Experimental set-up with a participant wearing the Geodesic Sensor Net
© 2017 van der Meer and van der Weel.

It is worth mentioning that different types of writing require different degrees of kinesthetic information (feedback between sensations and body muscles, sensations related to movement in space).  

Writing by hand and forming each letter engages fine hand coordination, which is not the case with typing. The very use of pen and paper creates more 'anchors' in the brain that help to consolidate the memories associated with writing: the pressure of the pen, the look of the letters on the page, and the sound of the pen when writing.

Being interrelated processes in reading as in writing, the areas of the brain associated with the writing process are also activated (according to fMRI studies on preschoolers and adults). 

Thus, when we write, we involuntarily activate many perceptually sensitive parts of the brain.  These connections of sensory experiences to different parts of the brain are what make our brains ready for learning.

In turn, the very process of writing and handwritten texts undoubtedly influence the formation of a more coherent, rich written and oral speech, helps to organize thoughts.

Long before these studies, psychophysiologist Nikolai Bernstein studied the information coming to the brain from different parts of the body when making complex movements.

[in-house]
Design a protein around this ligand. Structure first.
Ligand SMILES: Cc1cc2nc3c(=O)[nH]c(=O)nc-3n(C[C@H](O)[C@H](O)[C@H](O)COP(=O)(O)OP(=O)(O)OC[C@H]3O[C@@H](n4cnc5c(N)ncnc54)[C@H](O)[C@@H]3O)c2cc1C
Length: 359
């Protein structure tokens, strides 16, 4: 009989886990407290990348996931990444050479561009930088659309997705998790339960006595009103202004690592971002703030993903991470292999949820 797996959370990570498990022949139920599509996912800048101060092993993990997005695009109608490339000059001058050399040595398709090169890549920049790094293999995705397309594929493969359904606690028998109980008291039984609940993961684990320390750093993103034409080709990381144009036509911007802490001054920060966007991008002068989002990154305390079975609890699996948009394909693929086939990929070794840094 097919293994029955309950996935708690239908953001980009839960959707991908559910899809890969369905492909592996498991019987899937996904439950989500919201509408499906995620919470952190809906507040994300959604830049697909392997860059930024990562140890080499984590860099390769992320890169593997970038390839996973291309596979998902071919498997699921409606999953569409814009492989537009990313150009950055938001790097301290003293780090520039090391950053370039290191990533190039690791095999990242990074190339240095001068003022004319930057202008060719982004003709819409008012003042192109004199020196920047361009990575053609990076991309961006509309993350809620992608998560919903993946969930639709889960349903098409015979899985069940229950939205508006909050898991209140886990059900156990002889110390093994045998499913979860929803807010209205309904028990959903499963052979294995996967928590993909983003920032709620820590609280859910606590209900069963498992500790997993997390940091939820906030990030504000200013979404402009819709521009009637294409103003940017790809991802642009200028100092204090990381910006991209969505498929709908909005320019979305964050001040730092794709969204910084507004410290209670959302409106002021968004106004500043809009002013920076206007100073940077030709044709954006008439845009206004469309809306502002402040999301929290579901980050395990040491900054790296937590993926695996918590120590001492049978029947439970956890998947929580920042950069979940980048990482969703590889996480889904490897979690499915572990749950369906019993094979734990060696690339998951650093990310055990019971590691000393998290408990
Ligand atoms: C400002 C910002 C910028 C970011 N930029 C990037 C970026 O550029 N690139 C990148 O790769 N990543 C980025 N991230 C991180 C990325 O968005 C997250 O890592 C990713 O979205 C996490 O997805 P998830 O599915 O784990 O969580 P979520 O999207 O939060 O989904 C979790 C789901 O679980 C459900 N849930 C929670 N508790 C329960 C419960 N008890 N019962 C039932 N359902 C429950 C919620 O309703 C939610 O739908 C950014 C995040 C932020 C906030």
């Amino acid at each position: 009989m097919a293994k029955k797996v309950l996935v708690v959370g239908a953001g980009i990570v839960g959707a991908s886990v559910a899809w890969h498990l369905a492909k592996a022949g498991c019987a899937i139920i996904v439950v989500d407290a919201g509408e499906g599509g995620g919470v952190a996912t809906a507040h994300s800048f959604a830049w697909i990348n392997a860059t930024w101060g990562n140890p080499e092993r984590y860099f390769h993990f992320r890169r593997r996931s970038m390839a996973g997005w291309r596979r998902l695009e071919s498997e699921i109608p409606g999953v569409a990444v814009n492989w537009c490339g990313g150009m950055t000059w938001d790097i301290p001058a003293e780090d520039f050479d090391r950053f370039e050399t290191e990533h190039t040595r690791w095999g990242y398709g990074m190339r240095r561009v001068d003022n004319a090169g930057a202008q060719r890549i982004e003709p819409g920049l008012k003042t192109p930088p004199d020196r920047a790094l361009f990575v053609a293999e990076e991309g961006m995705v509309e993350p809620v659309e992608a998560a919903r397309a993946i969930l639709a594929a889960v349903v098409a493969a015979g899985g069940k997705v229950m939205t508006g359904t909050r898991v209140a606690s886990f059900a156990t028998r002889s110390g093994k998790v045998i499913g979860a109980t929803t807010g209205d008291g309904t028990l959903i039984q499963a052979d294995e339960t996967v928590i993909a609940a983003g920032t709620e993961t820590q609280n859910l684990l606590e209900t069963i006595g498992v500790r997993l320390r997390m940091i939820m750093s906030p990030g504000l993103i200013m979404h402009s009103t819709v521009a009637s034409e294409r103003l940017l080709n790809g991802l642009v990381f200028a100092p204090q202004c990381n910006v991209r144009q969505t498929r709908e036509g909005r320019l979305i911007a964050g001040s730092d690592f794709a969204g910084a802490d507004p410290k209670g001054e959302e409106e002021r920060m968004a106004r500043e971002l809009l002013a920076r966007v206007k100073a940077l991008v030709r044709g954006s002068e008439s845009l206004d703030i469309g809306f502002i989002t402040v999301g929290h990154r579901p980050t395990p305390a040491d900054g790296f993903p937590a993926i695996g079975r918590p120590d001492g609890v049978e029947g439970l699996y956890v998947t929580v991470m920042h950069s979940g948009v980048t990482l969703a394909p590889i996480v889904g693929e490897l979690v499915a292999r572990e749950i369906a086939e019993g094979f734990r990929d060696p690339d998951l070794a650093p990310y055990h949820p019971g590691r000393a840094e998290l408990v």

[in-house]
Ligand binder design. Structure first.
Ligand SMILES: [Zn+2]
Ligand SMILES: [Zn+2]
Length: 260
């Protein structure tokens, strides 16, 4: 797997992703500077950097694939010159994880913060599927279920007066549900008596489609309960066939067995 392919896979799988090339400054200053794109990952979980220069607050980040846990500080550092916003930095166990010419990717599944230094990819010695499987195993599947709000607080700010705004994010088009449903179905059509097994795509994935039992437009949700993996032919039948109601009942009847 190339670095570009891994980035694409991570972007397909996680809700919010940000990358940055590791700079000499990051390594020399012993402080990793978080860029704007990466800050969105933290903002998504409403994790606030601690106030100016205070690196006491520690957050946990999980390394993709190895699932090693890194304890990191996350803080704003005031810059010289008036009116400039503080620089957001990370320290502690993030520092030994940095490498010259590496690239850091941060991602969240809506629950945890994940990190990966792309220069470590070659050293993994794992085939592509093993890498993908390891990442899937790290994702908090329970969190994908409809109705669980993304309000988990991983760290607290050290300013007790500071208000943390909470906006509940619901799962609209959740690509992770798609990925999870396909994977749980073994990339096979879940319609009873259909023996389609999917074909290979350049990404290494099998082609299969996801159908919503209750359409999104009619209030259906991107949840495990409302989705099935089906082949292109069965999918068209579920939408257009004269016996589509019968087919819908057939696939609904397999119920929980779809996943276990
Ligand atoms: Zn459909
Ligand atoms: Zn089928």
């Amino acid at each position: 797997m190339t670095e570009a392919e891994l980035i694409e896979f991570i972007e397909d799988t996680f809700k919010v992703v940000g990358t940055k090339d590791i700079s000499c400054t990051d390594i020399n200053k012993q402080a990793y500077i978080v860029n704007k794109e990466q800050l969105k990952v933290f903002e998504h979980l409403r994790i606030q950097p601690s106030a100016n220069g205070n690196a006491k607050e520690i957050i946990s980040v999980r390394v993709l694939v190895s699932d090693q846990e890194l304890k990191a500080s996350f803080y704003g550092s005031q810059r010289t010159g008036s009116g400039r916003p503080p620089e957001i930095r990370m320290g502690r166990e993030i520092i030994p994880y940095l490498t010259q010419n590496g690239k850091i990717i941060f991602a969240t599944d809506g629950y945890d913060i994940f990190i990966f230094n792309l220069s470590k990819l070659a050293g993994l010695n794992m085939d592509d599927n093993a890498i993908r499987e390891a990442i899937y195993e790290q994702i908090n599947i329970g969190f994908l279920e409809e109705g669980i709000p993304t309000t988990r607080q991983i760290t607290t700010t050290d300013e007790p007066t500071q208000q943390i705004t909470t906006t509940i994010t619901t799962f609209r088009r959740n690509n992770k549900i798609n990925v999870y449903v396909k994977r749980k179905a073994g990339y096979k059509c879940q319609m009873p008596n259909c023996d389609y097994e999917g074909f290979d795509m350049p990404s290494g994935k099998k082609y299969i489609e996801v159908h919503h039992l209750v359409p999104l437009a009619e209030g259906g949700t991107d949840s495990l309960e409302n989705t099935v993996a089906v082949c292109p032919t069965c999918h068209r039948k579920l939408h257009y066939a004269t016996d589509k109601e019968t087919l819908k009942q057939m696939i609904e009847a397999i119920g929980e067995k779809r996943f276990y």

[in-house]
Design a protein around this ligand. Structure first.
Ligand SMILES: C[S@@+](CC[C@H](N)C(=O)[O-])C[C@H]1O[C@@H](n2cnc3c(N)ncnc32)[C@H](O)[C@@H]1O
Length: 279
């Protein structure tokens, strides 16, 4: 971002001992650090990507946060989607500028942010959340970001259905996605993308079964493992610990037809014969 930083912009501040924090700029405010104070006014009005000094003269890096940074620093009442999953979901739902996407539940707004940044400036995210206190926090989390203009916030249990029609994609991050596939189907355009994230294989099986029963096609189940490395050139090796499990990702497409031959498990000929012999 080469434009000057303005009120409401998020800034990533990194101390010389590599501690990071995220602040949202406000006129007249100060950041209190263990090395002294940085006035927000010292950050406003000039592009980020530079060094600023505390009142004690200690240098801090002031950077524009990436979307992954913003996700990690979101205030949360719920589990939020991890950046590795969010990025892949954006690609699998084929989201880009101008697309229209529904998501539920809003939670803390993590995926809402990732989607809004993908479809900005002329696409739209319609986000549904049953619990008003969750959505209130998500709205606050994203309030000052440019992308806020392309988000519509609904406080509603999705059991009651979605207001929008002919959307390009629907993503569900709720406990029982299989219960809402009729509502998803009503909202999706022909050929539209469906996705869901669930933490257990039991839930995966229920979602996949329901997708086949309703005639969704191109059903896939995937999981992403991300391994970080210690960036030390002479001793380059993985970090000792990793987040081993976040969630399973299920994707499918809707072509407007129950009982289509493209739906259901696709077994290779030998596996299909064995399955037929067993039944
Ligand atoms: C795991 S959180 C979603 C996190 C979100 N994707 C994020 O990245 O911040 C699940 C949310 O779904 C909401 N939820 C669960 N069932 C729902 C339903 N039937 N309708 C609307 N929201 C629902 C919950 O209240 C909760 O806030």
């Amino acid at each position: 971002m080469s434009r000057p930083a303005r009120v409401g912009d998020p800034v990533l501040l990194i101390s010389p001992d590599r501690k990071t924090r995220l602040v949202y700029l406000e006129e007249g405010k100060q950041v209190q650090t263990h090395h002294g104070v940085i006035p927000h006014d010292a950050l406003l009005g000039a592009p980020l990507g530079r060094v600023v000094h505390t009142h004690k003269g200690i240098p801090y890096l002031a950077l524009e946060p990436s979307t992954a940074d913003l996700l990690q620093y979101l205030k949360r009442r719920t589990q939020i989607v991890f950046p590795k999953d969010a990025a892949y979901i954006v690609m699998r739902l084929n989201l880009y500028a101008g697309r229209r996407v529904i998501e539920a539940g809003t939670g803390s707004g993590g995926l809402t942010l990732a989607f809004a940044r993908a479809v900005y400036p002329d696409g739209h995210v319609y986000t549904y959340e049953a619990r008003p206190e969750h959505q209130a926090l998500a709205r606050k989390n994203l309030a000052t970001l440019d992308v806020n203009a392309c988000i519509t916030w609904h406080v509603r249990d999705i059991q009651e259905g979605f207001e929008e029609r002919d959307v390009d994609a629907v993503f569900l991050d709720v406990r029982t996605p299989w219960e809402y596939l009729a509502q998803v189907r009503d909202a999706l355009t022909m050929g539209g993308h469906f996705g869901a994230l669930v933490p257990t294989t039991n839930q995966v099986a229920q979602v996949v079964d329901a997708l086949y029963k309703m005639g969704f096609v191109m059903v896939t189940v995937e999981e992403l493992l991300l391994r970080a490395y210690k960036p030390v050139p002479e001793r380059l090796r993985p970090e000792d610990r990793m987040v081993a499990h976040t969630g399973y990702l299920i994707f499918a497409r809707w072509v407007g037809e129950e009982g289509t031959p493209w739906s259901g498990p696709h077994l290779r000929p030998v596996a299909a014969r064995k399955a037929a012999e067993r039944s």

The scientist came to the conclusion of 'motor equivalence' — when creating each symbol, letter, or drawing, our memory stores a sequence of gestures necessary for their creation. He called these memory traces 'generalized motor programs.' This is why a person can learn to write by clasping a pencil with his toes, and substituting writing by hand.

This proves the undoubted contribution of writing and drawing to the development of cognitive abilities, creating complex connections and in the brain. So we can conclude: a sequence of gestures is stored in memory and due to these complex connections in the brain a person can easily write, for example, a letter not by hand, but by foot.

Paper planners are timeless

When we talk about writing, we usually think of a notebook, planner, diary, journal, and ultimately an A4 sheet where it is convenient to keep all your notes. Everyone chooses a practical way of organizing notes for themselves. 

One thing is obvious — paper planners and organizers, which are very popular year after year, will never disappear from store shelves.

Moreover, there are entire communities of planning fans like Planner Addicts — people who are fascinated by paper diaries and the creativity of keeping them. The following are a few options for note-taking.